Original languageEnglish (US)
Pages (from-to)e253-e262
JournalNeurology
Volume92
Issue number3
DOIs
StatePublished - Jan 15 2019

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Amyloid
Parietal Lobe
Logistic Models
Population
Hypertension
Occipital Lobe
Somatosensory Cortex
Temporal Lobe
Positron-Emission Tomography
2-(4'-(methylamino)phenyl)-6-hydroxybenzothiazole
Magnetic Resonance Imaging

ASJC Scopus subject areas

  • Clinical Neurology

Cite this

Cerebral microbleeds : Prevalence and relationship to amyloid burden. / Graff-Radford, Jonathan; Botha, Hugo; Rabinstein, Alejandro; Gunter, Jeffrey L.; Przybelski, Scott A.; Lesnick, Timothy; Huston, John III; Flemming, Kelly D.; Preboske, Gregory M.; Senjem, Matthew L.; Brown, Robert D Jr.; Mielke, Michelle M; Roberts, Rosebud O; Lowe, Val; Knopman, David S; Petersen, Ronald Carl; Kremers, Walter K; Vemuri, Prashanthi D; Jack, Clifford R Jr.; Kantarci, Kejal M.

In: Neurology, Vol. 92, No. 3, 15.01.2019, p. e253-e262.

Research output: Contribution to journalArticle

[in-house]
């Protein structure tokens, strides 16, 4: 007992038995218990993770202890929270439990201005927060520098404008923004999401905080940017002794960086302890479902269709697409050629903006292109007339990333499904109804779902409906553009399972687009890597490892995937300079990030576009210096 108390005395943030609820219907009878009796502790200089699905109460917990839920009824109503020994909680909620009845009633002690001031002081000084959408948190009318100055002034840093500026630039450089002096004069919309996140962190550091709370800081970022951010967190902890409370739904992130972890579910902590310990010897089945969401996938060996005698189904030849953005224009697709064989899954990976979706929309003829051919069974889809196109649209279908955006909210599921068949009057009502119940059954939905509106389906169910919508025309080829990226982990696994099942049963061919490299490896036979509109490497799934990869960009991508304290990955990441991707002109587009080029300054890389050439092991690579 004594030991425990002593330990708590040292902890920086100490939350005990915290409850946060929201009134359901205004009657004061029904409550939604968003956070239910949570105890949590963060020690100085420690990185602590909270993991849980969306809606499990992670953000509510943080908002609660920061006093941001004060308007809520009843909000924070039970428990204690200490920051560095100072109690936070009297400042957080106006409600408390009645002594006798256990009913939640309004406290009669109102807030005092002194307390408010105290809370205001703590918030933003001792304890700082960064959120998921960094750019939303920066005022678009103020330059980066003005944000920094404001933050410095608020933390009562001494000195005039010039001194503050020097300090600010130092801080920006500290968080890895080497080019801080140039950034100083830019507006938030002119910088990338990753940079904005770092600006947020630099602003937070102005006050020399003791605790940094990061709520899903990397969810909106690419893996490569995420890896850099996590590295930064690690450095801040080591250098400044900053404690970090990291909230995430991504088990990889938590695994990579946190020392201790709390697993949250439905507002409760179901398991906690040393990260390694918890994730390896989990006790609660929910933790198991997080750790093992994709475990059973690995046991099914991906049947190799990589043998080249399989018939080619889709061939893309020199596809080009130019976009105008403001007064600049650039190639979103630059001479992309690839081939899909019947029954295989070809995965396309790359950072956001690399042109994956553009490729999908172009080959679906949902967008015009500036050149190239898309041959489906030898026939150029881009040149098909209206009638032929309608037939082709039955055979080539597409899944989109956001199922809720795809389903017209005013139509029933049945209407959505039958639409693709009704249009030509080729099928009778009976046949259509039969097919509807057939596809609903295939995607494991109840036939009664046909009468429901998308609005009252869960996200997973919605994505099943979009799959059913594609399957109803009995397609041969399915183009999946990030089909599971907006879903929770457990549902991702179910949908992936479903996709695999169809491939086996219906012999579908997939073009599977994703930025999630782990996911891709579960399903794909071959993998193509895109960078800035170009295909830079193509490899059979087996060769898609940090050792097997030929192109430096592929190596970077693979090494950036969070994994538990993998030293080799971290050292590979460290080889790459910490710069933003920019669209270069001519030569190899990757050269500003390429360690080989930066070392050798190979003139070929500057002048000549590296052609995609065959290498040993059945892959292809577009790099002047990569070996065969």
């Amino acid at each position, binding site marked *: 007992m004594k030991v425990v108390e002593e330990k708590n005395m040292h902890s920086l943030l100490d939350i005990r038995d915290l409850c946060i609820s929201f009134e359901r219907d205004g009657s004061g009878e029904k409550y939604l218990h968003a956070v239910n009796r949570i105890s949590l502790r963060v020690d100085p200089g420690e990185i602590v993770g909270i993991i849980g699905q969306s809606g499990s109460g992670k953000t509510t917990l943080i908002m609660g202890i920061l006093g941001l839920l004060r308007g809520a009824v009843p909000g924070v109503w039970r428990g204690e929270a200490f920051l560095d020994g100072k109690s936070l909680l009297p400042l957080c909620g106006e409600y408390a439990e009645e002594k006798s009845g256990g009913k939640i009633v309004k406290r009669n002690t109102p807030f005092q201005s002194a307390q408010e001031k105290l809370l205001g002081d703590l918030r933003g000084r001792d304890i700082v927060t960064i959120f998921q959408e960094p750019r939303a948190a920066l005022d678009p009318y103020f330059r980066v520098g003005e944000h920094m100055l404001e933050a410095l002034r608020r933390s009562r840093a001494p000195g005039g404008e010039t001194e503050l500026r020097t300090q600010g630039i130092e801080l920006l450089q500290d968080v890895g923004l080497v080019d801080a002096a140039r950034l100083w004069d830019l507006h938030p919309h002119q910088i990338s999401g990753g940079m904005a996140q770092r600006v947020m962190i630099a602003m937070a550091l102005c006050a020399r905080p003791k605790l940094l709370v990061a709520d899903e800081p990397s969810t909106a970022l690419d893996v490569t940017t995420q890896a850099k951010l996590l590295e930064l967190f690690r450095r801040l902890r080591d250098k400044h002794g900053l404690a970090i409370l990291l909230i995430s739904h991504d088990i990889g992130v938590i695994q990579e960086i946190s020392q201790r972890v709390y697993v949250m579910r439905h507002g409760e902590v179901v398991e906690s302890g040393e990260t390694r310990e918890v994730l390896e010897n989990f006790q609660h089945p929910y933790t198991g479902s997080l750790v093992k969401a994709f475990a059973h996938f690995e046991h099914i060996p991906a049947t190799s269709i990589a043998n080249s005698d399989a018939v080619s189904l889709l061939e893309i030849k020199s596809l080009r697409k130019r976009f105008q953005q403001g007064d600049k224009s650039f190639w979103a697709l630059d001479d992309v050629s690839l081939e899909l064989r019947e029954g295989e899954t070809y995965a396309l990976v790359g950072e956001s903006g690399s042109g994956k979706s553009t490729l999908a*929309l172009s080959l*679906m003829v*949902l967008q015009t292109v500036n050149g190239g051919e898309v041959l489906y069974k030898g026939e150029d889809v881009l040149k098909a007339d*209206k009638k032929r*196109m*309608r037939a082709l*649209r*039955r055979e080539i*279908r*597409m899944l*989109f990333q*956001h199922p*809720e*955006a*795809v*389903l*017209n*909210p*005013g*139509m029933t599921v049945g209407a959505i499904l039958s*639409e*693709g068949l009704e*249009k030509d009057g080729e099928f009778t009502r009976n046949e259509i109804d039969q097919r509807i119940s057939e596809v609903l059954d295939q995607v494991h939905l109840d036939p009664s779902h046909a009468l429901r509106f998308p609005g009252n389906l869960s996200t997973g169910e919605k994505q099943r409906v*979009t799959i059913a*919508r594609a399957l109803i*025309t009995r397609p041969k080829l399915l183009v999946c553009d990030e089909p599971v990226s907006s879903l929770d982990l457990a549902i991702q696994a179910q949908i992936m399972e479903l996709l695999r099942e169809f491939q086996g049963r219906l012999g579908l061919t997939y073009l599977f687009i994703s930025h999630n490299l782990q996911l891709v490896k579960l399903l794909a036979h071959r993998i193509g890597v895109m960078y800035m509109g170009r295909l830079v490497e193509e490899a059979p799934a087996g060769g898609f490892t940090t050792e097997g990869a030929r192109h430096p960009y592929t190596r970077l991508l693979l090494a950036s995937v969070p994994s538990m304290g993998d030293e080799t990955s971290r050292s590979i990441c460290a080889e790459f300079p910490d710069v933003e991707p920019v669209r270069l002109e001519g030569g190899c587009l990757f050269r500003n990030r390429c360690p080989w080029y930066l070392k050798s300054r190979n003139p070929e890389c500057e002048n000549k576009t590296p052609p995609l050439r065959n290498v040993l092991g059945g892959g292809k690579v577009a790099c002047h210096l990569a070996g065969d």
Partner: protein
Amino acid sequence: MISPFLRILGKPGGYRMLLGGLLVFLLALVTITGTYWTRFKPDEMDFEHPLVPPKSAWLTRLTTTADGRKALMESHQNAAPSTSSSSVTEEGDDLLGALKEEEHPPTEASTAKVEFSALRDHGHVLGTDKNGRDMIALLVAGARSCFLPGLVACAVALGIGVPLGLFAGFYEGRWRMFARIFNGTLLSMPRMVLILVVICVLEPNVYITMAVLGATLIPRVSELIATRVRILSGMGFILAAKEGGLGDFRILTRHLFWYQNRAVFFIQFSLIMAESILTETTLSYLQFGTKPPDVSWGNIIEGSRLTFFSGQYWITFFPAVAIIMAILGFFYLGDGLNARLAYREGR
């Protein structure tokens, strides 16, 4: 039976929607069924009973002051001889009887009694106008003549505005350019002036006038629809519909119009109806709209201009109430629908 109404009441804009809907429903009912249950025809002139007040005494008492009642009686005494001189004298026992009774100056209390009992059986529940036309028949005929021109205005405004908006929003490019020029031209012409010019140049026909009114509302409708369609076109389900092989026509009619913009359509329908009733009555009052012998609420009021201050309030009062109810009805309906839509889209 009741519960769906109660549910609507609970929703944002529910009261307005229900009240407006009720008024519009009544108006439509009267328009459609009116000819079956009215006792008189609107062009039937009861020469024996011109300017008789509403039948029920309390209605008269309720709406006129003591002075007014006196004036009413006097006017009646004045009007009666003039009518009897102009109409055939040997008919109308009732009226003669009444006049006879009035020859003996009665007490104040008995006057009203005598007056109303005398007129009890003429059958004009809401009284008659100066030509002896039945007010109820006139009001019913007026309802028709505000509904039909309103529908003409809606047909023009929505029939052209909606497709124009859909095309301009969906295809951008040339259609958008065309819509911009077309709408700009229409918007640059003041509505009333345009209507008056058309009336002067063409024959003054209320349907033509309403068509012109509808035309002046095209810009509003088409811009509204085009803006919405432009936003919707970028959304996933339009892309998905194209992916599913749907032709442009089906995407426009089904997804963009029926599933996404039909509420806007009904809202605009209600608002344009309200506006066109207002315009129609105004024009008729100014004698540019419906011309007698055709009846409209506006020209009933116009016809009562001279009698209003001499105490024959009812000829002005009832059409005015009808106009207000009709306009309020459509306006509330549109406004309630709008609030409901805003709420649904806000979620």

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abstract = "OBJECTIVE: To describe the prevalence of cerebral microbleeds (CMBs) and determine the association between CMBs and β-amyloid burden on PET. METHODS: From the population-based Mayo Clinic Study of Aging, 1,215 participants (53{\%} male) underwent 3-tesla MRI scans with T2* gradient recalled echo sequences from October 2011 to February 2017. A total of 1,123 participants (92{\%}) underwent 11C-Pittsburgh compound B (PiB)-PET scans. The prevalence of CMBs was derived by adjusting for nonparticipation and standardizing to the Olmsted County, MN, population. The relationship between β-amyloid burden and CMB presence and location was tested using logistic regression models. Ordinal logistic models tested the relationship between CMB frequency and β-amyloid burden. RESULTS: Two hundred seventy-four participants (22.6{\%}) had at least one CMB. CMB frequency increased with age by decade (11{\%} aged 60-69 years, 22{\%} 70-79 years, and 39{\%} 80 years and older). After adjusting for age, sex, and hypertension, PiB standardized uptake value ratio (SUVR) was associated with increased odds of a CMB. The association between PiB SUVR and CMBs was location-specific; PiB SUVR was associated with lobar CMBs but not deep CMBs. Age, hypertension, and PiB SUVR were associated with increasing CMB count. CMB density was greatest in parietal and occipital regions; β-amyloid burden correlated with concentration of CMBs in all lobar regions. Among participants with multiple CMBs, greater PiB uptake occurred in the pre- and postcentral gyri superiorly, the superior parietal lobe and precuneus, the angular gyrus, inferior temporal gyrus, and temporal poles. CONCLUSIONS: The prevalence of CMBs increases with age. In this population-based sample, β-amyloid load was associated with lobar but not with deep CMBs.",